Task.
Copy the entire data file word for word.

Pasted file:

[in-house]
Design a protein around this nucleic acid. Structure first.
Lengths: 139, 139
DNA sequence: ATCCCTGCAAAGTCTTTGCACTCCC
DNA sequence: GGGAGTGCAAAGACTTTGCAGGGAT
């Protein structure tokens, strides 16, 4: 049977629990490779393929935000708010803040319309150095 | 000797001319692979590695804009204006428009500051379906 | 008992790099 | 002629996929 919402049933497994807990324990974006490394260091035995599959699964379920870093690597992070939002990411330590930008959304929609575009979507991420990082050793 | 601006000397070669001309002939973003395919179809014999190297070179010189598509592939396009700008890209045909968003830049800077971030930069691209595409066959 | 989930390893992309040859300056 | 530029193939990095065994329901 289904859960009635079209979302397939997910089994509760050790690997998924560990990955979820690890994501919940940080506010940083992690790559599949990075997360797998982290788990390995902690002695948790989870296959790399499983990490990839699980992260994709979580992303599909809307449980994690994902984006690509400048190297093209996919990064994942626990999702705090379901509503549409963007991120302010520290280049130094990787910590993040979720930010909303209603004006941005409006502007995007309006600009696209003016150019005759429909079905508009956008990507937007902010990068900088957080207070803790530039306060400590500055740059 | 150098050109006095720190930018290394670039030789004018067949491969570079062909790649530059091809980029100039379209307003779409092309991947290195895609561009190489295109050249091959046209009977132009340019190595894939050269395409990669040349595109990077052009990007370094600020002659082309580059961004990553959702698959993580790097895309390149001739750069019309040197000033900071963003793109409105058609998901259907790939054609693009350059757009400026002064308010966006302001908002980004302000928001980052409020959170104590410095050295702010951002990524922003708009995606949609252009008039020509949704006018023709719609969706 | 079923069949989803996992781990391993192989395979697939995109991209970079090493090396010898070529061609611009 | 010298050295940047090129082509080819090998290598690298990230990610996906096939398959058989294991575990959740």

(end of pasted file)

[in-house]
Design a protein around this nucleic acid. Structure first.
Lengths: 139, 139
DNA sequence: ATCCCTGCAAAGTCTTTGCACTCCC
DNA sequence: GGGAGTGCAAAGACTTTGCAGGGAT
């Protein structure tokens, strides 16, 4: 049977629990490779393929935000708010803040319309150095 | 000797001319692979590695804009204006428009500051379906 | 008992790099 | 002629996929 919402049933497994807990324990974006490394260091035995599959699964379920870093690597992070939002990411330590930008959304929609575009979507991420990082050793 | 601006000397070669001309002939973003395919179809014999190297070179010189598509592939396009700008890209045909968003830049800077971030930069691209595409066959 | 989930390893992309040859300056 | 530029193939990095065994329901 289904859960009635079209979302397939997910089994509760050790690997998924560990990955979820690890994501919940940080506010940083992690790559599949990075997360797998982290788990390995902690002695948790989870296959790399499983990490990839699980992260994709979580992303599909809307449980994690994902984006690509400048190297093209996919990064994942626990999702705090379901509503549409963007991120302010520290280049130094990787910590993040979720930010909303209603004006941005409006502007995007309006600009696209003016150019005759429909079905508009956008990507937007902010990068900088957080207070803790530039306060400590500055740059 | 150098050109006095720190930018290394670039030789004018067949491969570079062909790649530059091809980029100039379209307003779409092309991947290195895609561009190489295109050249091959046209009977132009340019190595894939050269395409990669040349595109990077052009990007370094600020002659082309580059961004990553959702698959993580790097895309390149001739750069019309040197000033900071963003793109409105058609998901259907790939054609693009350059757009400026002064308010966006302001908002980004302000928001980052409020959170104590410095050295702010951002990524922003708009995606949609252009008039020509949704006018023709719609969706 | 079923069949989803996992781990391993192989395979697939995109991209970079090493090396010898070529061609611009 | 010298050295940047090129082509080819090998290598690298990230990610996906096939398959058989294991575990959740």